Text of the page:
fragmentation threshold using various sources of information. may calculate the fragmentation threshold using various sources of
information.
If the Sender has information about PMTU size it SHOULD use it. The If the sender has information about the PMTU size, it SHOULD use it.
Responder in the exchange may use maximum size of received IKE The responder in the exchange may use the maximum size of the
Fragment Message IP Datagrams as threshold when constructing received IKE Fragment message IP datagrams as a threshold when
fragmented response. Successful completion of previous exchanges constructing a fragmented response. Successful completion of
(including those exchanges, that cannot employ IKE Fragmentation, previous exchanges (including those exchanges that cannot employ IKE
e.g. IKE_SA_INIT) may be an indication, that fragmentation threshold fragmentation, e.g., IKE_SA_INIT) may be an indication that the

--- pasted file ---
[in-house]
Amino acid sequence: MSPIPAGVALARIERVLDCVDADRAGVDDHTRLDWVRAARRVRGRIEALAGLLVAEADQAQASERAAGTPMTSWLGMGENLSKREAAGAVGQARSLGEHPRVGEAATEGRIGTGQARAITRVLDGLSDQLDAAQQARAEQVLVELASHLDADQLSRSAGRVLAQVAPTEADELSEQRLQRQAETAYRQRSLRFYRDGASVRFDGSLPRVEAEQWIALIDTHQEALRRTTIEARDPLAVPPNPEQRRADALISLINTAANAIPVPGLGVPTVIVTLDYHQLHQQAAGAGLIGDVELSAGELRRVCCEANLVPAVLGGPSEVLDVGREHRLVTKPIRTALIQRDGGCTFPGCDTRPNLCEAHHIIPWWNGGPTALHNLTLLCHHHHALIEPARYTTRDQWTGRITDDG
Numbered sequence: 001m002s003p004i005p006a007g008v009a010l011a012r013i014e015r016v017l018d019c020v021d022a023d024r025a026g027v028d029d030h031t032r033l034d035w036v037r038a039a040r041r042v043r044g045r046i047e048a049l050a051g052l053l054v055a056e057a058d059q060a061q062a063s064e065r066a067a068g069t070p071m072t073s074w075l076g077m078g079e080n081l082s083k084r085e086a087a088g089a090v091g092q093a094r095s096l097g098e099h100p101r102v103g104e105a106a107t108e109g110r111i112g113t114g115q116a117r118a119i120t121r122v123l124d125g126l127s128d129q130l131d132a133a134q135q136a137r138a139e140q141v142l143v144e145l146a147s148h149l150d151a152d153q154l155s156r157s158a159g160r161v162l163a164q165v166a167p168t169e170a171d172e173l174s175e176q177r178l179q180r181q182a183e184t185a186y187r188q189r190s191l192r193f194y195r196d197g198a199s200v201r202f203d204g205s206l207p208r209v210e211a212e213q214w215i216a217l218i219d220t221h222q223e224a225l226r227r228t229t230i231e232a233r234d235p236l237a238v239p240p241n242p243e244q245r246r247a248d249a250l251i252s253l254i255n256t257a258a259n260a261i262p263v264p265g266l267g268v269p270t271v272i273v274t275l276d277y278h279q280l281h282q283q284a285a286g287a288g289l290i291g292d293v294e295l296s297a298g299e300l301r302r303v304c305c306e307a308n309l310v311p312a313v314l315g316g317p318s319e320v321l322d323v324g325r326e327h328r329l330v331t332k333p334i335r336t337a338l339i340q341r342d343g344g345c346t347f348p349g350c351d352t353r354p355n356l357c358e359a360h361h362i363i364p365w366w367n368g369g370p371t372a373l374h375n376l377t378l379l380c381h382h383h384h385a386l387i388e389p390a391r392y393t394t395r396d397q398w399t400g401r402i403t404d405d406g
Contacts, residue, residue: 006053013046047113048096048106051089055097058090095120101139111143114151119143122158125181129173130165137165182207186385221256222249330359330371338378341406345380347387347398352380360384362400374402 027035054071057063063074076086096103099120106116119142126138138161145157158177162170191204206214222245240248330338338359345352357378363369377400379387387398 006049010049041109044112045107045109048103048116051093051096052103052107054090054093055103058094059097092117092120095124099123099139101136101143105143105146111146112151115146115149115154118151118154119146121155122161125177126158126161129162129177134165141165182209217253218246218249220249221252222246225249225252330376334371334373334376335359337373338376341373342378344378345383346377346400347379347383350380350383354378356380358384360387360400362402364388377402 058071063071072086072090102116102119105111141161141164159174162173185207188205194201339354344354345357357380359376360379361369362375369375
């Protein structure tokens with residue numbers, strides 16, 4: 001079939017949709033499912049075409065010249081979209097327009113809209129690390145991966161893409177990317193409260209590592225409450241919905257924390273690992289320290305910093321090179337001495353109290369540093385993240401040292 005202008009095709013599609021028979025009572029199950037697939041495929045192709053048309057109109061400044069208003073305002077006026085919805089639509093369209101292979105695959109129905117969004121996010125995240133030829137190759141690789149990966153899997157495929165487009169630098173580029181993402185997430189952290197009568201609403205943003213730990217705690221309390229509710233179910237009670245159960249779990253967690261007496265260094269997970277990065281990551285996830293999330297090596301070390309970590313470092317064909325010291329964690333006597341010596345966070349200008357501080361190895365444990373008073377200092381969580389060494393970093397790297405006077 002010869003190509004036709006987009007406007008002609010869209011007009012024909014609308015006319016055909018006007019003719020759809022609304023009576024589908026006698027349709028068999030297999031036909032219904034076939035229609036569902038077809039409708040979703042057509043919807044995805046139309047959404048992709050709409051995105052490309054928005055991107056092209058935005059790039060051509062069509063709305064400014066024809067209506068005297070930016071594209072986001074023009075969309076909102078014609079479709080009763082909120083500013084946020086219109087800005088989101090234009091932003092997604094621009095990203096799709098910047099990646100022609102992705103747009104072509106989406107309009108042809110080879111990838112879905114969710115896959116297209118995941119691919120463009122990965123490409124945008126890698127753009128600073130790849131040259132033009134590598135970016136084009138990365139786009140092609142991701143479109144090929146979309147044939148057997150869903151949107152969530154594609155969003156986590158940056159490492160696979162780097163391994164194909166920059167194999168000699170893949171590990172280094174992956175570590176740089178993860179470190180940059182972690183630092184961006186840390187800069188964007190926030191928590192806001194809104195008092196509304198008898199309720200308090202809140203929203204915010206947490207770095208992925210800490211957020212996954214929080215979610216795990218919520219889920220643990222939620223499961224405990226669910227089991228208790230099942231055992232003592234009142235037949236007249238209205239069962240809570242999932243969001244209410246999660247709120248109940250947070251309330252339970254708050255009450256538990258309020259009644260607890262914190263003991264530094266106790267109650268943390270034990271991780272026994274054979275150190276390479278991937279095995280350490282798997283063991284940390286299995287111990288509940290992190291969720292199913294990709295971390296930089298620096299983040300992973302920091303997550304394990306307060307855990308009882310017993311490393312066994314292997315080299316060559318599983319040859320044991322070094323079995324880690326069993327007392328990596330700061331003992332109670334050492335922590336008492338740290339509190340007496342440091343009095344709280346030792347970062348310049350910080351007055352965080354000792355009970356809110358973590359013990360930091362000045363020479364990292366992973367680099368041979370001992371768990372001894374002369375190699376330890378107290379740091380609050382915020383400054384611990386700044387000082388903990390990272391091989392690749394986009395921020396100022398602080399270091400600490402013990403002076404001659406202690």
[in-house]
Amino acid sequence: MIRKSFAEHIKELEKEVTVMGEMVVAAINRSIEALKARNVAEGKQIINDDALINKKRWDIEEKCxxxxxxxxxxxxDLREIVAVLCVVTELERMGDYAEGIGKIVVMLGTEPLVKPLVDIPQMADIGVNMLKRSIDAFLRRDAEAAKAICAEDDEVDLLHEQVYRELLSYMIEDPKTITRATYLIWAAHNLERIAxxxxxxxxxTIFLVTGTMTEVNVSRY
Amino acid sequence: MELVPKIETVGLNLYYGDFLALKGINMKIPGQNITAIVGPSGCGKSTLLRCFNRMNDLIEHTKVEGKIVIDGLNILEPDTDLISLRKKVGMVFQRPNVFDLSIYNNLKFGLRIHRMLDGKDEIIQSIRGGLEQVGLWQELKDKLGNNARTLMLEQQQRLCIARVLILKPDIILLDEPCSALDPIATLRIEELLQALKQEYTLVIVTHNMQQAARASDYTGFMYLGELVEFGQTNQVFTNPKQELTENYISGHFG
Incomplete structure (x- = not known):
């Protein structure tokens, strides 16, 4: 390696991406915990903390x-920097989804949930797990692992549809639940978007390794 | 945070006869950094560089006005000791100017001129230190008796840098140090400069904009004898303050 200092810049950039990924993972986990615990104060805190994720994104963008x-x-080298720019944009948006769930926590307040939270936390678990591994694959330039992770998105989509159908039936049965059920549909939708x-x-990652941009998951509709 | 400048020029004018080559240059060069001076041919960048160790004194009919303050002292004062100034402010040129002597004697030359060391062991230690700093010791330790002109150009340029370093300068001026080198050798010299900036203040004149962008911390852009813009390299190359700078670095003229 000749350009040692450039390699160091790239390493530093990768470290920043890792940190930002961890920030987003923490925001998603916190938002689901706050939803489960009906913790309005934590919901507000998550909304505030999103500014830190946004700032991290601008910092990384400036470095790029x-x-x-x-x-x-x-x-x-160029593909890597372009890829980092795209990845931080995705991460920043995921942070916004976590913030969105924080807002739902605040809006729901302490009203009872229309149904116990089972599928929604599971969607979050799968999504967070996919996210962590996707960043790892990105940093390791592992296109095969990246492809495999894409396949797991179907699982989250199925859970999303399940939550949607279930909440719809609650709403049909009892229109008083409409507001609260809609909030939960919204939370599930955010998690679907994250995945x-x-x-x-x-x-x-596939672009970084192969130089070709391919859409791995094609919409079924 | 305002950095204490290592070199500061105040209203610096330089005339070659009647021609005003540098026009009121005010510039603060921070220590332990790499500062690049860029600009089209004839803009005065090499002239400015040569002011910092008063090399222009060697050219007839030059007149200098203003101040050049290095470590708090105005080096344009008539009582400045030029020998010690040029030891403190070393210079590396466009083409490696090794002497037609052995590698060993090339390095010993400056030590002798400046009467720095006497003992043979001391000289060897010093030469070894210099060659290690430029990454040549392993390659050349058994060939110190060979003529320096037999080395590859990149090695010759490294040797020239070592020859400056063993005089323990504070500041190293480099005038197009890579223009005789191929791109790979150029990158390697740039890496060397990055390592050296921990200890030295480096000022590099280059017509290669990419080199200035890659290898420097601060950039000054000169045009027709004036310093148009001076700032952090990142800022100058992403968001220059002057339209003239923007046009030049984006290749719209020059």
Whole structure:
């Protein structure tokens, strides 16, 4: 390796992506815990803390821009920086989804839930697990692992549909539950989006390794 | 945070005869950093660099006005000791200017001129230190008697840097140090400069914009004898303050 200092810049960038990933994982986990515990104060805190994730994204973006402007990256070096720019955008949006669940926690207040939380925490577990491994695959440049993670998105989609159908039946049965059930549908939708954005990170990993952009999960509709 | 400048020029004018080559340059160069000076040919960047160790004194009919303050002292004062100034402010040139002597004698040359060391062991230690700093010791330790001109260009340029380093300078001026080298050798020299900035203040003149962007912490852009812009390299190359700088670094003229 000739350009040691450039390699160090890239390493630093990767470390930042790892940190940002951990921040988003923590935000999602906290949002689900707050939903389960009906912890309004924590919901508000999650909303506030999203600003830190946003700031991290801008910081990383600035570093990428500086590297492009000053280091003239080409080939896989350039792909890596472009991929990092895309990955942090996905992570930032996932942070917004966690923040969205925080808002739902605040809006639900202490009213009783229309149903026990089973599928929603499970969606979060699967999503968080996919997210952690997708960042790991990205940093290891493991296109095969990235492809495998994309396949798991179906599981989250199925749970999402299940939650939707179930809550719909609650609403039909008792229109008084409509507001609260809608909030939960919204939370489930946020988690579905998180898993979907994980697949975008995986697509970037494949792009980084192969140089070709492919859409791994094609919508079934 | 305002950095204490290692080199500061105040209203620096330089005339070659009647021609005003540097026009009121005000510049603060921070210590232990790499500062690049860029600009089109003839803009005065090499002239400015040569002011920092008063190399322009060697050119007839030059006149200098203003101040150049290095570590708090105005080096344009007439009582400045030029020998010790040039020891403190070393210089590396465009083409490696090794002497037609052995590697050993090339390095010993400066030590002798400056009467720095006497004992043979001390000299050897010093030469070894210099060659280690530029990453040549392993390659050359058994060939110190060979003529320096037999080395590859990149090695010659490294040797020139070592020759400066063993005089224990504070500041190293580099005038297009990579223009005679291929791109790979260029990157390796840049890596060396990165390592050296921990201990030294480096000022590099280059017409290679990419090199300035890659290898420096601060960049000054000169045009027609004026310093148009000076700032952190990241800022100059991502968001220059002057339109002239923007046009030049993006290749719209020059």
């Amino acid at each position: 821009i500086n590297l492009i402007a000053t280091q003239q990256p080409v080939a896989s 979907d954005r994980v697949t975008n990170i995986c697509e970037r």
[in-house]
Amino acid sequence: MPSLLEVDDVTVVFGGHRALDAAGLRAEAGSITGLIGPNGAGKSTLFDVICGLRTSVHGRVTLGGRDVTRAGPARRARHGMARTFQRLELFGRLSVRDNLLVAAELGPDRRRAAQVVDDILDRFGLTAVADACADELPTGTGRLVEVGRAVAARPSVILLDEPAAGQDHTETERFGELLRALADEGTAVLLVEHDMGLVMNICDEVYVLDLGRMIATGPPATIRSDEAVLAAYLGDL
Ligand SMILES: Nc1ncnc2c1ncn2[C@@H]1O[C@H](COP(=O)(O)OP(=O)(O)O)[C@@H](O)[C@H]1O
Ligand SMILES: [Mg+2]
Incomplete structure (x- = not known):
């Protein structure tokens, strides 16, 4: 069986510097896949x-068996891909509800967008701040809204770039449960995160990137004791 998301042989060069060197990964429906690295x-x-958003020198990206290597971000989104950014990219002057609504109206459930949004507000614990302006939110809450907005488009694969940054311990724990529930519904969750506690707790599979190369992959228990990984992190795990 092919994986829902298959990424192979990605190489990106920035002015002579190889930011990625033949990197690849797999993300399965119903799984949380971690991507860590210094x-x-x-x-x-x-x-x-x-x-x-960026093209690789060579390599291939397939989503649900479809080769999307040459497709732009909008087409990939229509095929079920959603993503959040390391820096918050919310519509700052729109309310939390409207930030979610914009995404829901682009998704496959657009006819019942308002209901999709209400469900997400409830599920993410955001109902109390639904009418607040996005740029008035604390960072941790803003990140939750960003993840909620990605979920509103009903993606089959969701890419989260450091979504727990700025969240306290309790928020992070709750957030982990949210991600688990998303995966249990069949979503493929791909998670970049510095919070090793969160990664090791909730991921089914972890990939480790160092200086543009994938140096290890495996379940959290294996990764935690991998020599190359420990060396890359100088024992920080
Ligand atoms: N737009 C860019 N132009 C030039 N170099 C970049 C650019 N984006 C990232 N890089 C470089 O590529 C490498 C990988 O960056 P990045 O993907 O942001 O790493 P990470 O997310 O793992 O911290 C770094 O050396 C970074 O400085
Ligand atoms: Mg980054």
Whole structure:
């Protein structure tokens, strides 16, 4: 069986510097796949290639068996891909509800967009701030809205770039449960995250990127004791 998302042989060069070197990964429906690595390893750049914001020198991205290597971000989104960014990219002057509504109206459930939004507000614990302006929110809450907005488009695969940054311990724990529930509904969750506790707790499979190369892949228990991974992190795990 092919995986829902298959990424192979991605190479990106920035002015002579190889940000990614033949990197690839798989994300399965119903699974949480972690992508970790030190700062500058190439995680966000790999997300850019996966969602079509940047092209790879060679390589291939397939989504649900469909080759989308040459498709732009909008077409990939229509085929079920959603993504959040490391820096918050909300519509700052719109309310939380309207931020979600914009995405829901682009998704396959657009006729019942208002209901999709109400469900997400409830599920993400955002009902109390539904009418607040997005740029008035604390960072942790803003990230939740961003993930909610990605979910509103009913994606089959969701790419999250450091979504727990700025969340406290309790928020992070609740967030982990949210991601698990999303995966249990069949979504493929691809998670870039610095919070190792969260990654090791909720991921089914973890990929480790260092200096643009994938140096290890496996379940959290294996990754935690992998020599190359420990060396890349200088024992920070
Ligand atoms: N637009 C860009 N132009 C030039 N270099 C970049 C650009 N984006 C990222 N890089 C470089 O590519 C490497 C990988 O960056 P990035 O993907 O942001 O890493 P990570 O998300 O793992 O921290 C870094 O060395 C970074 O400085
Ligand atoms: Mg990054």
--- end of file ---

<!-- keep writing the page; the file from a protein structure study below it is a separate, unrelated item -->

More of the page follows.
can be set to the size of the largest of already sent messages. fragmentation threshold can be set to the size of the largest message
of those messages already sent.
Otherwise for messages to be sent over IPv6 it is RECOMMENDED to use Otherwise, for messages to be sent over IPv6, it is RECOMMENDED that
value 1280 bytes as a maximum IP Datagram size ([RFC2460]). For a value of 1280 bytes as a maximum IP datagram size be used
messages to be sent over IPv4 it is RECOMMENDED to use value 576 ([RFC2460]). For messages to be sent over IPv4, it is RECOMMENDED
bytes as a maximum IP Datagram size. Presence of tunnels on the path that a value of 576 bytes as a maximum IP datagram size be used. The
may reduce these values. Implementations may use other values if presence of tunnels on the path may reduce these values.
they are appropriate in current environment. Implementations may use other values if they are appropriate in the
current environment.
According to [RFC0791] the minimum IPv4 Datagram size that is According to [RFC0791], the minimum IPv4 datagram size that is